Rajina Aktar was sewing pockets into a pile of winter jackets bound for Europe when the fire’s toxic smoke knocked her out on a second-story floor.
In a pitch-dark panic that saw more than 350 people bolt for a single exit, someone carried the 15-year-old girl to safety. Eight others were trampled to death on the staircase, a few steps shy of daylight, in the Jan. 26 blaze at Smart Export Garments, an illegal factory on the outskirts of Bangaldesh’s capital.
Once again, foreign-brand labels were found among the burned-out wreckage, just as they had been in other episodes among a flurry of tragic fires that have set passions alight over the ugly underbelly of the country’s ready-made garment industry.
Garment making is the backbone of Bangladesh’s cash-strapped economy, accounting for annual exports worth $24.3 billion last year, about 80 percent of the country’s earnings. But the staggering frequency of lethal factory fires — which have claimed more than 500 lives since 2006 — shows that rising profits have not led to improvements in safety.
Most of the deaths have been in unlicensed factories that depend on subcontracted orders from bigger plants. Industry watchdogs say that fire-related deaths are an inevitable result of cost-cutting measures taken by garment makers under intense pressure from Western apparel companies to produce ever-larger quantities of clothes at rock-bottom prices.
Despite angry protests and pledges of reform, activists say that what remains in place amounts to risky business as usual.
“We expected big changes, and very quickly, but the reality is that nothing meaningful has happened,” says Kalpona Akter, a Bangladeshi labor leader and former child factory worker. “So far the government and foreign companies are all talk, no results; the unnecessary deaths continue.”
The majority of Bangladesh’s ready-made garment exports go to Europe, but nearly 25 percent are sent to the United States. Rights groups contend that major Western companies know that high-volume, low-cost orders will be farmed out to sweatshops that have no incentive to respect fire codes or workers rights.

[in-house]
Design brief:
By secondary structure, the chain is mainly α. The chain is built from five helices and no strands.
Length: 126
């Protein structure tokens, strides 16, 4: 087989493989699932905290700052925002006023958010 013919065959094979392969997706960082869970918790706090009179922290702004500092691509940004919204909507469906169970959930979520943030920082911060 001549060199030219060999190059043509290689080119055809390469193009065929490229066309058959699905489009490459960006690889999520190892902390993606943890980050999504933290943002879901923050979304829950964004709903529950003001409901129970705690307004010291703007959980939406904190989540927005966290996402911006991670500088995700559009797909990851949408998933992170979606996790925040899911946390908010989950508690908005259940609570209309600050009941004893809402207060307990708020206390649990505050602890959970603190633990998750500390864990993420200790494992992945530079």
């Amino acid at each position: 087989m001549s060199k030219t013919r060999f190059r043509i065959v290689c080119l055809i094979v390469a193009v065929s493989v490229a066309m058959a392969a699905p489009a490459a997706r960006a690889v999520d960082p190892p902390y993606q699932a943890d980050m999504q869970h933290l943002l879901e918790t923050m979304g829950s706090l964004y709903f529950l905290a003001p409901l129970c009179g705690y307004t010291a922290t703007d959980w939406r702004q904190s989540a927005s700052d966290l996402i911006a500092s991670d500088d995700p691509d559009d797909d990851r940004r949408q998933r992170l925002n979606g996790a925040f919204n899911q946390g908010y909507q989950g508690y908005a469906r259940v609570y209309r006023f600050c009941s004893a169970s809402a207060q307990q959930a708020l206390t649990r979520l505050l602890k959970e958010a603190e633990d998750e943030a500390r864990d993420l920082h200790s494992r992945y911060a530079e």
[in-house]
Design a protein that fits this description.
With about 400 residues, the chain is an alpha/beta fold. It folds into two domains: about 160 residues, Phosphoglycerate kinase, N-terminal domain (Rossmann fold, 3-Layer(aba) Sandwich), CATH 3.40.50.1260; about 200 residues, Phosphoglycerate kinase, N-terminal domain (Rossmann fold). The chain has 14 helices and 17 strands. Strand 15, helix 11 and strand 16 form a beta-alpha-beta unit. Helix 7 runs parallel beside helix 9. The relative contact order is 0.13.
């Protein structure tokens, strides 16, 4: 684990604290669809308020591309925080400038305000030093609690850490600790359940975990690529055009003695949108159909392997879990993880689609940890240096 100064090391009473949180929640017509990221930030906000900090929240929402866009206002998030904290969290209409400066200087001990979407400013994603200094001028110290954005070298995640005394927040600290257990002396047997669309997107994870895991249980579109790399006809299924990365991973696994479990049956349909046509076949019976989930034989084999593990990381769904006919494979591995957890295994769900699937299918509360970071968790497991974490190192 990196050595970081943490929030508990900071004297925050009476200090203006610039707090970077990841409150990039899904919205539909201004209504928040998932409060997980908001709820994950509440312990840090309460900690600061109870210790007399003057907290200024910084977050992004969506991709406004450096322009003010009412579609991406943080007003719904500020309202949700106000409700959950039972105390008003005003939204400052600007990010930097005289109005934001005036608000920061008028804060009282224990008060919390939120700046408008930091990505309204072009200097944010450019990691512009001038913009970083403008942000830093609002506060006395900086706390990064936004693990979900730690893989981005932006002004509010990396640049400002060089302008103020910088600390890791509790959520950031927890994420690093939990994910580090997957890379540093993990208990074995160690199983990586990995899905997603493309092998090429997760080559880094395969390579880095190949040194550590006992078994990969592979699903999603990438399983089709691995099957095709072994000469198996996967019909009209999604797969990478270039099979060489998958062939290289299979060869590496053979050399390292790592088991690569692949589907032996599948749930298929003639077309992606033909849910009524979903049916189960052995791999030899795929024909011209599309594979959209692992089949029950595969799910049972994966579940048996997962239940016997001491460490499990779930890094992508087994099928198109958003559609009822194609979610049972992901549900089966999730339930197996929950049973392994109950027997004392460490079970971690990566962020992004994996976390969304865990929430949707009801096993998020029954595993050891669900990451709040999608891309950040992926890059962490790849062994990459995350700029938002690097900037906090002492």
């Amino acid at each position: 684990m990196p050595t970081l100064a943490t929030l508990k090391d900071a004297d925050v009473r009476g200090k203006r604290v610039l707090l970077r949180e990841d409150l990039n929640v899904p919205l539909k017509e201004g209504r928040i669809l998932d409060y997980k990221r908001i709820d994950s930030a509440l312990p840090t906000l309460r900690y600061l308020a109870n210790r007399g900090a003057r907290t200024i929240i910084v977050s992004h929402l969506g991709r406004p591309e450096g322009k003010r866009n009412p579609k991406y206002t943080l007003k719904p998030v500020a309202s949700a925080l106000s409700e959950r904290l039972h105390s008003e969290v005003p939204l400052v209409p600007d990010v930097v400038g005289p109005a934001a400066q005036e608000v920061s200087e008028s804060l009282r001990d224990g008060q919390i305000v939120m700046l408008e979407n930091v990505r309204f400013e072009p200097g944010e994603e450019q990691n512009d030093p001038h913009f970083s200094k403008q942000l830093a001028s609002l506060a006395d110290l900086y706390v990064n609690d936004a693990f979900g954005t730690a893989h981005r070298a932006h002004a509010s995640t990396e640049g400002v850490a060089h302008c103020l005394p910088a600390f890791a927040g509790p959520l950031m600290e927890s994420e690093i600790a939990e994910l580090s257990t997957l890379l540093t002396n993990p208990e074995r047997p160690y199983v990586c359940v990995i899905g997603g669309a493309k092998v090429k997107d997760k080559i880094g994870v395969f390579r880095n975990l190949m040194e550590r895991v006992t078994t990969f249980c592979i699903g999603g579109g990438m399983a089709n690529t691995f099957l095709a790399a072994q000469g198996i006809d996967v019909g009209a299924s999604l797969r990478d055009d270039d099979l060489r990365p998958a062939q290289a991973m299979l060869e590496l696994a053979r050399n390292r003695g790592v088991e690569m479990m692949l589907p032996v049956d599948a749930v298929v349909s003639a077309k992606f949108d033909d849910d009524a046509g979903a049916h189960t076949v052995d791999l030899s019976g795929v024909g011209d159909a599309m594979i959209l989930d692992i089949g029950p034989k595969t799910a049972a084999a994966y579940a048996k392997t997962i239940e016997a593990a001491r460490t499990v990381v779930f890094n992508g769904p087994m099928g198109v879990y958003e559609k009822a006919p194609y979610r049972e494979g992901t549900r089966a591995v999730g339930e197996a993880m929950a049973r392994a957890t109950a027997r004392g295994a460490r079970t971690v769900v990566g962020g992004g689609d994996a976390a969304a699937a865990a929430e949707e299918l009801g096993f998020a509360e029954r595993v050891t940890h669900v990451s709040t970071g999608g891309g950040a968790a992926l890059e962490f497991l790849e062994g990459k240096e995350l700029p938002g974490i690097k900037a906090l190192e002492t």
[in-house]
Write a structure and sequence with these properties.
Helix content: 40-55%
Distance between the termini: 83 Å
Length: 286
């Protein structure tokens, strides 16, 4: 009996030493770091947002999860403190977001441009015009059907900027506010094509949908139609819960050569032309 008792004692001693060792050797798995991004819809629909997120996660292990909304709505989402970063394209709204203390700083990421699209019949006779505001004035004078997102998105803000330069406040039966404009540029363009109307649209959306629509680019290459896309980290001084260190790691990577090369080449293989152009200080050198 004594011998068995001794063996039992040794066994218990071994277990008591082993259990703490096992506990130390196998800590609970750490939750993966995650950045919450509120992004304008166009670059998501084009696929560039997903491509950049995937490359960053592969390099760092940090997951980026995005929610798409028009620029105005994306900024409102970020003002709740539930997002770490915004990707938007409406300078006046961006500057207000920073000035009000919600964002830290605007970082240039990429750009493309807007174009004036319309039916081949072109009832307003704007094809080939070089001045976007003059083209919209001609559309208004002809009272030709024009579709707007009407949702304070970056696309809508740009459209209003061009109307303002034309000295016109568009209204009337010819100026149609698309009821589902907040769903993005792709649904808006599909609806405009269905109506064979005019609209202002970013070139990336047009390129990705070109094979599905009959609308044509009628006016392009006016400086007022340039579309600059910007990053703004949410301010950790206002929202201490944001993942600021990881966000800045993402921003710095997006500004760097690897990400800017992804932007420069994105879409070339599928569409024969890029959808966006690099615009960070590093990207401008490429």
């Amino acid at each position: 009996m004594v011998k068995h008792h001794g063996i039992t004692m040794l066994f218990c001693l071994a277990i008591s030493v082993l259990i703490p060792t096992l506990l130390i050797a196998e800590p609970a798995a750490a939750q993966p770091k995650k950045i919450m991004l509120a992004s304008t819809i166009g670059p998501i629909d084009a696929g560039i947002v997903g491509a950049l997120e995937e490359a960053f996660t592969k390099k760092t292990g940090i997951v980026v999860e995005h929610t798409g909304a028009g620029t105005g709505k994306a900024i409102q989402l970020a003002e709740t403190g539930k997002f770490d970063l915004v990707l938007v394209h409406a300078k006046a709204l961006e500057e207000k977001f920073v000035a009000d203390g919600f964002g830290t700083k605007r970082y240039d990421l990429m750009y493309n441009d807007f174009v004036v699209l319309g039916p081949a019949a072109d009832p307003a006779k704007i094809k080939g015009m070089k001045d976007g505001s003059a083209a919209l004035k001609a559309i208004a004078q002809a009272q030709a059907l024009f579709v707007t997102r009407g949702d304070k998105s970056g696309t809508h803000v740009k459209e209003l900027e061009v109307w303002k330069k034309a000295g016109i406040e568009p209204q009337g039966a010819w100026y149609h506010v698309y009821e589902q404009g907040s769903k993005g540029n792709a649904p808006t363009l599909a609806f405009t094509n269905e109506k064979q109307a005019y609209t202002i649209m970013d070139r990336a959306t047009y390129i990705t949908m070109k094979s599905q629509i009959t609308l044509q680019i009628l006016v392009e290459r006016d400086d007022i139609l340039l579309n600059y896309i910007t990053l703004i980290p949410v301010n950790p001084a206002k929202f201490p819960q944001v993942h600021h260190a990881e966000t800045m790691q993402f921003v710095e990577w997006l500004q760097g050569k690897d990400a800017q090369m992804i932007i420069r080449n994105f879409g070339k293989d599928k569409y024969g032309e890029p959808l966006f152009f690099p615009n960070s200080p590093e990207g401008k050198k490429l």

“Bangladesh is the way it is because they have been rewarded by the industry,” Scott Nova, executive director of the Washington-based Workers Rights Consortium, said of the country’s garment makers. “It has the worst labor rights record, lowest wages and most dangerous factories. And the response of big western retailers has been to pour more business into the country.”
“The message to factory owners: keep doing what your doing,” he said.
After a deadly fire swept through the Tazreen garment factory on Nov. 24, big-box retailers Wal-Mart and Sears sought to distance themselves from the situation, claiming that orders had been subcontracted by local contractors without their knowledge.
Labor rights groups have urged top foreign buyers to sign an agreement that includes a binding commitment to ban subcontracting to at-risk facilities, finance renovations and fire-safety training and make audit results public.
So far, however, only PVH Corp., an American company that owns Calvin Klein and Tommy Hilfiger, and German retailer Tchibo have signed on. But the U.S. Trade Representative’s office has said it is weighing possible sanctions on Bangladesh’s duty-free benefits under a World Trade Organization rule that allows special treatment to poorer countries.
It’s widely agreed that efforts to improve conditions at the bottom of the chain in Bangladesh are complicated by official corruption, limited state resources and an excess of cheap labor in the world’s most-densely populated country. Despite a minimum wage of 18 cents an hour, tens of thousands of Bangladeshis are willing to work for even less money.
A Washington Post reporter gained access recently to what is left of the Smart Export Garments factory. Found there were tags for several well-known European brands, including Bershka, a retailer owned by the Spanish firm Inditex, the world’s largest fashion group.
Subarna Begum, 28, a sewing-machine operator who escaped the January fire with her 5-year-old daughter via the roof, said many underage workers were present in the factory. Fire alarms and extinguishers were not, she and other witnesses said.
On the afternoon of the fire, they said, the main door to factory floor was locked, driving everyone toward a narrow emergency exit that was also locked. It was choked with bodies by the time guards arrived to open the gate.
The charred walls remain streaked with hand marks.
According to the Solidarity Center, an AFL-CIO training office in Dhaka that tracks fire-related accidents, the Smart Exports blaze was only one among 39 that have taken place in the three months since the Tazreen fire.
For the legions of mainly women who toil at the bottom of the industry, the risk of returning to factory work is trumped by urgent needs.
Rajina, the 15-year-old survivor, is a case in point: One month on, her eyes are bloodshot from the head trauma that occurred when she fell unconscious. Her memory is impaired, she said, and her lungs burn.
But pressure to make rent on the dank basement room she shares with four family members means she’ll have to start sewing again, and soon.
“I can’t go back to school now,” she said. “This is the only kind of work I can find.”